This fungus is relatively rare in the UK but can be found usually at the base (or on logs or stumps) of hardwood trees such as oak and beech. The word Ganoderma comes from the Greek ‘Ganos’ and ‘derma’ which translates to shining skin.
How do I recognise it?
Ganoderma is characterised by large leathery double-walled brackets which grow in a fan like shape on either living or dead trees causing a white butt and root rot. When broken or damaged, the Ganoderma fungus oozes a thick yellow resin that quickly hardens forming a hard and shiny surface from which the name is derived. The cap ranges from yellow to black as it ages.
Like many fungi the first sign of damage to the tree is the appearance of the brackets on the truck or main body of the tree. These can be up to 60cm and may appear after crown thinning or die-back or by falling branches, although this is not always the case but by the time the brackets appear there will most likely already be extensive internal decay.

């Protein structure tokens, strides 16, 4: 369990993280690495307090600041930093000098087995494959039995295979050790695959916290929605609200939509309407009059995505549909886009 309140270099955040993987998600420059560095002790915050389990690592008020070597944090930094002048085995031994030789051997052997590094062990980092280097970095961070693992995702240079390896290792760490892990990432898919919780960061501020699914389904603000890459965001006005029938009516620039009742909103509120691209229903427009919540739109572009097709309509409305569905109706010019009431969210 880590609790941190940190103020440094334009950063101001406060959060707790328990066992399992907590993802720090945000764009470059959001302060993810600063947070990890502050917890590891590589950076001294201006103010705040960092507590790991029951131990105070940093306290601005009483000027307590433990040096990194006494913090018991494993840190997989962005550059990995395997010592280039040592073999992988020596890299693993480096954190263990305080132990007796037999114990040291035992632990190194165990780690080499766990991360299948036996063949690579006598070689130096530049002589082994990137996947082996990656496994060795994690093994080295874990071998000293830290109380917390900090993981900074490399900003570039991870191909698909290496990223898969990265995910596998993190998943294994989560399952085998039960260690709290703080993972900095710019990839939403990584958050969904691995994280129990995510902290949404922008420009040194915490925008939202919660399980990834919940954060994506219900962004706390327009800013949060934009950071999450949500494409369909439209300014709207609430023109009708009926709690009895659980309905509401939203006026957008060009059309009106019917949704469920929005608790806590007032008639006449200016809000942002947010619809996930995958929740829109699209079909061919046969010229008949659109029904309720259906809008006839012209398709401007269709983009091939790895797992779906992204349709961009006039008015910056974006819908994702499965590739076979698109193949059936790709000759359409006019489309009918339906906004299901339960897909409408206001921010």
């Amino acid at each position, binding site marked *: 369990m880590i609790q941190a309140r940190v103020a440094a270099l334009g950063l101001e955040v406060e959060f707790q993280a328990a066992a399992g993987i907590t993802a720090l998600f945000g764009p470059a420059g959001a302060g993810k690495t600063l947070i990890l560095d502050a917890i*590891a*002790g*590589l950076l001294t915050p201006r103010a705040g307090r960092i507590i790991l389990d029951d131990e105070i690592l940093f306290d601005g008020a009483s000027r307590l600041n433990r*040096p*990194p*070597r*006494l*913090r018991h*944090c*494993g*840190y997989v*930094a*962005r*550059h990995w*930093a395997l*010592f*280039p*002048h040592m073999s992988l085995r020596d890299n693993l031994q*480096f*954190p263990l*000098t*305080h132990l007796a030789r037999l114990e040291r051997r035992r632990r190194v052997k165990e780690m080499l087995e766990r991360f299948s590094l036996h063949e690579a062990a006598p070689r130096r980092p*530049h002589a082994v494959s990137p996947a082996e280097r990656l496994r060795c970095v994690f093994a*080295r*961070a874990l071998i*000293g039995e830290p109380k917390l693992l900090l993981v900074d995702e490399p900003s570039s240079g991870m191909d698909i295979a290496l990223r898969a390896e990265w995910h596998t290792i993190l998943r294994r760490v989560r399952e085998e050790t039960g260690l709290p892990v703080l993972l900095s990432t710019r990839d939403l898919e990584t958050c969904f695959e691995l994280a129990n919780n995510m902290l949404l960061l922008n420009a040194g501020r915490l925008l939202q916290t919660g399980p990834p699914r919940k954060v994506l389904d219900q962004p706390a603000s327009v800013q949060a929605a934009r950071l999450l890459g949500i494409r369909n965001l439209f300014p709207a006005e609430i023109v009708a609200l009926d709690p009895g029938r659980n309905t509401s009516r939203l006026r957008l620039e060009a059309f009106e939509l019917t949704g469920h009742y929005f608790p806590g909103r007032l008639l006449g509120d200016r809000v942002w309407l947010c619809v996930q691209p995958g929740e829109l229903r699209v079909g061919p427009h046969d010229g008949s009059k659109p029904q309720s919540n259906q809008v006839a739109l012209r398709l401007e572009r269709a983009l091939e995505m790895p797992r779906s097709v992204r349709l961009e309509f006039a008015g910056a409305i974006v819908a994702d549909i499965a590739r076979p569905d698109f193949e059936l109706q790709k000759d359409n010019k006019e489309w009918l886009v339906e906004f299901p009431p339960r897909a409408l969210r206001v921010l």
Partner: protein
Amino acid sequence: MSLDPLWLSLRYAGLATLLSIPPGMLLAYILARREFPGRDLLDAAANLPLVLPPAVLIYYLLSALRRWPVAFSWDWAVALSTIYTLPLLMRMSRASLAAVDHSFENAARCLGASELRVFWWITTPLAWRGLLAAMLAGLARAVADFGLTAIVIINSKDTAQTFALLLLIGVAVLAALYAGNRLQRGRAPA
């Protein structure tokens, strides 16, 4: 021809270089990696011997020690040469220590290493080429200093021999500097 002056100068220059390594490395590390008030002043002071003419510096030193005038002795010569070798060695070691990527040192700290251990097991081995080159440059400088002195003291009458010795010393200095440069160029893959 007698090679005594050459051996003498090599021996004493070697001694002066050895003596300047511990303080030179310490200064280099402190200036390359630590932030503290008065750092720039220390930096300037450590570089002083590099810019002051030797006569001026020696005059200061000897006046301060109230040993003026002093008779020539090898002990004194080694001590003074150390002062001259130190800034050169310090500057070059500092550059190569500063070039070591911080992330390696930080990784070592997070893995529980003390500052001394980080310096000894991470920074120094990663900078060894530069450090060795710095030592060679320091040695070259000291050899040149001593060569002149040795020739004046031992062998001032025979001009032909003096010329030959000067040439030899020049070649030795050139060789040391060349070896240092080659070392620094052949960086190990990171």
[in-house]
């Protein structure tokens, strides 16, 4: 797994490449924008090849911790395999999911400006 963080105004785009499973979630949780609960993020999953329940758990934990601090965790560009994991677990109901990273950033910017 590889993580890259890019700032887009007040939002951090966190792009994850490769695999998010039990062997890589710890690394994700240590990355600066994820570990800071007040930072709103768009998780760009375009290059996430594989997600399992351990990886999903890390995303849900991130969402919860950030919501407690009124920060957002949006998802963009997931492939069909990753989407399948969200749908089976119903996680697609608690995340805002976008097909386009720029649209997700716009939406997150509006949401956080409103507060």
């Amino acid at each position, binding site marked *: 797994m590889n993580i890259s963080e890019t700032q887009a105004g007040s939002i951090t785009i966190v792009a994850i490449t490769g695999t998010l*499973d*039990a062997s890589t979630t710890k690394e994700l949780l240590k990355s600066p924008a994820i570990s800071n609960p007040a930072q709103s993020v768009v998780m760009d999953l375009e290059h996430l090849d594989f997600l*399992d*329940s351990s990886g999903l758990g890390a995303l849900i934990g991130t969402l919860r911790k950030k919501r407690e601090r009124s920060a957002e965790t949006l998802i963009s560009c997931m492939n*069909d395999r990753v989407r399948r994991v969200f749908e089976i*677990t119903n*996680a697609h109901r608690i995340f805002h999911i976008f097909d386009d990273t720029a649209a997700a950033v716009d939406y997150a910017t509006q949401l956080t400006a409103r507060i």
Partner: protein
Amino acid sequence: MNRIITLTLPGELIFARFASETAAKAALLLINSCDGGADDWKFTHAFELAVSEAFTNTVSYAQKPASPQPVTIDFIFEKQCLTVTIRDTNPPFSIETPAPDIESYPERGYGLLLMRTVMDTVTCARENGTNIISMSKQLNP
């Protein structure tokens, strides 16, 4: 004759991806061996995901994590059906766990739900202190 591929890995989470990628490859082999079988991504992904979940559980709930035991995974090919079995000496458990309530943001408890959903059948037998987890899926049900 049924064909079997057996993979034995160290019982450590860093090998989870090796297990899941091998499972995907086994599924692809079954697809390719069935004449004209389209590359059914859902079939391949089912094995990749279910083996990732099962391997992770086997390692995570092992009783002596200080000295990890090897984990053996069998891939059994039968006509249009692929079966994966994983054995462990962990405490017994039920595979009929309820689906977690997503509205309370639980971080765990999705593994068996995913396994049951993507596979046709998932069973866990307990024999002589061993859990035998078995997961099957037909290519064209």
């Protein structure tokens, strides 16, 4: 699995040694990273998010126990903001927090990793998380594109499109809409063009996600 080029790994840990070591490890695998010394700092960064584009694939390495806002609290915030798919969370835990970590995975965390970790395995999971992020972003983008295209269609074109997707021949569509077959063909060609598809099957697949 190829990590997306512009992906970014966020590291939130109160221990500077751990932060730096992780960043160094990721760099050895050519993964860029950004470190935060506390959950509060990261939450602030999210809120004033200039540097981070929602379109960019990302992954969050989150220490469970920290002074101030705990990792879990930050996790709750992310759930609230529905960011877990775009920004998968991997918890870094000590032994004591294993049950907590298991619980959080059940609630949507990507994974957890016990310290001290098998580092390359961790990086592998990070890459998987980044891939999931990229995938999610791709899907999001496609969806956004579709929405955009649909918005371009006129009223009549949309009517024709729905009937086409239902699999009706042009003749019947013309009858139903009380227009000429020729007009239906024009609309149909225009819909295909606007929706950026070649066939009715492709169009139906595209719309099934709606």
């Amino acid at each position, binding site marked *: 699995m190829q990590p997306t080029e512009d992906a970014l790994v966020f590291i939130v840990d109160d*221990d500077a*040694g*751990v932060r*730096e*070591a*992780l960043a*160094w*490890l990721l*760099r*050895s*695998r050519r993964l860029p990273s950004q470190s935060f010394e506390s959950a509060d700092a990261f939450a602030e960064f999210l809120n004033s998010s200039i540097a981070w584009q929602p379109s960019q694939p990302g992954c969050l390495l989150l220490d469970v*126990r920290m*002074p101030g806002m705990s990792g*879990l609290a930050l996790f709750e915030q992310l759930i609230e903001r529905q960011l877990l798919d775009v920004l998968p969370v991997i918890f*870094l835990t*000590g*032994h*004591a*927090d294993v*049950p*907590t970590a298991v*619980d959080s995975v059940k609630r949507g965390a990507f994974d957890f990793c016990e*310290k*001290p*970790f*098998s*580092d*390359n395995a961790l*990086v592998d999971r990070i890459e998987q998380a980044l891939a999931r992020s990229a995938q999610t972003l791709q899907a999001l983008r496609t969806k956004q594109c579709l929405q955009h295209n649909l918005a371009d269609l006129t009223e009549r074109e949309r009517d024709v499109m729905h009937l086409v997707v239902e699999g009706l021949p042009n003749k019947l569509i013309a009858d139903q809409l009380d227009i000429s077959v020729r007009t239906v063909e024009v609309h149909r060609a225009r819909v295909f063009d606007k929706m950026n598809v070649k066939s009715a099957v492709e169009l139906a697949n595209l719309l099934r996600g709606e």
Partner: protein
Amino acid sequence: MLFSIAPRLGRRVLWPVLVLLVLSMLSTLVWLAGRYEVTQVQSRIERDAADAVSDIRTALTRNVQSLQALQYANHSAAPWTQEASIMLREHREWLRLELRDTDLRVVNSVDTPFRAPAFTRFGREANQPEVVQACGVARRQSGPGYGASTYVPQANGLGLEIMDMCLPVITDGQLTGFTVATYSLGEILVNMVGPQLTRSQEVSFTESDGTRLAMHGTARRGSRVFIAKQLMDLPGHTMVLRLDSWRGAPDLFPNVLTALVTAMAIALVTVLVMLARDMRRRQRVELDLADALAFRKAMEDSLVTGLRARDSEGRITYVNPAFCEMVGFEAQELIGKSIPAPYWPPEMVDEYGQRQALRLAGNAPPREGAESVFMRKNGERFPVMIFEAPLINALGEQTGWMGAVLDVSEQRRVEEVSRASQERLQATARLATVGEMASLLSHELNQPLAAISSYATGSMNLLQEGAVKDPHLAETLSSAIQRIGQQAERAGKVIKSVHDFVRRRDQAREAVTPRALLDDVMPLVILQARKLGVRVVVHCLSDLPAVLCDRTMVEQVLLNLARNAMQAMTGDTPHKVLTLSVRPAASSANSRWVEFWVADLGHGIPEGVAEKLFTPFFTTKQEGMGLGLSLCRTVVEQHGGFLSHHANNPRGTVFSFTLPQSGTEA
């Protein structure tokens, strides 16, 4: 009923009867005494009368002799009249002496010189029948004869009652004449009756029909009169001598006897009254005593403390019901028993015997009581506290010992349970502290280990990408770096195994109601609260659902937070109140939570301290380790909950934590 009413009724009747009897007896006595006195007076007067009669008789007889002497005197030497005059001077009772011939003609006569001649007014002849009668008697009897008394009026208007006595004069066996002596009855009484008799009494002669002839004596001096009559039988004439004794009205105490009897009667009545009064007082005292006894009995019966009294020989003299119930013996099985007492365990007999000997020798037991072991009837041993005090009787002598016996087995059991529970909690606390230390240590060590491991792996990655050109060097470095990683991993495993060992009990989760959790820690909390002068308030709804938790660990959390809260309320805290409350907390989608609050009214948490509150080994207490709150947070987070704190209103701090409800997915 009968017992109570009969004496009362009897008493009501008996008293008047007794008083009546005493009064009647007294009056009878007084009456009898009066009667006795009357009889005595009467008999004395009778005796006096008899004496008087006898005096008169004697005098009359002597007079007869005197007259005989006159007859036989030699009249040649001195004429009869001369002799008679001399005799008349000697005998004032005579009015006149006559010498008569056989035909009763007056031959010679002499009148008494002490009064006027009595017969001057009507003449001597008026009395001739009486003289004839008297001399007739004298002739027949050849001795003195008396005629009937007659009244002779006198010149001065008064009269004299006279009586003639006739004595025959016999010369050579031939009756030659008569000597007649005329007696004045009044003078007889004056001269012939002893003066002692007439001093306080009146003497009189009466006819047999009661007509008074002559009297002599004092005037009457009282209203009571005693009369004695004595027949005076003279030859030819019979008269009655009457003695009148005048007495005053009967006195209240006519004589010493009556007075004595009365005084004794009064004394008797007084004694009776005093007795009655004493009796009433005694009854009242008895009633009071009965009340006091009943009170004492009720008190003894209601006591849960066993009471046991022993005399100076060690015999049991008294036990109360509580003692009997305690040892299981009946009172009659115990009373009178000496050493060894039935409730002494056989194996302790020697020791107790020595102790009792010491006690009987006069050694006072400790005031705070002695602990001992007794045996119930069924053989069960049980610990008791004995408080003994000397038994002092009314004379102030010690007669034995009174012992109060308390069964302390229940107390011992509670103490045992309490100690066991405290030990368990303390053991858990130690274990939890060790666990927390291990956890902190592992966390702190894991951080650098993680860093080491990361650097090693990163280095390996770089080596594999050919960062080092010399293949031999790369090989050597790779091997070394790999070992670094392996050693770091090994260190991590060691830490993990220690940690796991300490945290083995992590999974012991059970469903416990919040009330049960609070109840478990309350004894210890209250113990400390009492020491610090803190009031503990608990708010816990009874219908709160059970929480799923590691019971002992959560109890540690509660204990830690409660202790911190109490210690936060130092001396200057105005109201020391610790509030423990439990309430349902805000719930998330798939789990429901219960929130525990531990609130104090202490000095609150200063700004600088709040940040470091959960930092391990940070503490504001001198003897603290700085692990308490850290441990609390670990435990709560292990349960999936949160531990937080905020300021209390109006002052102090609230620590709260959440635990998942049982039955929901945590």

The infected tree has natural chemical barriers that can limit the internal infection and it is no longer advised to paint pruning cuts with wood paints as over time these crack and trap water and may increase the risk of infection.
Removing brackets also has little effect on the overall risk as it is likely that the tree will already have extensive internal damage by the time these brackets appear and so, as with all bracket fungi, there is little you can do to prevent this type of infection.
Did you know…?
Ganoderma is one of the most popular medicinal mushrooms in Asia and the United States?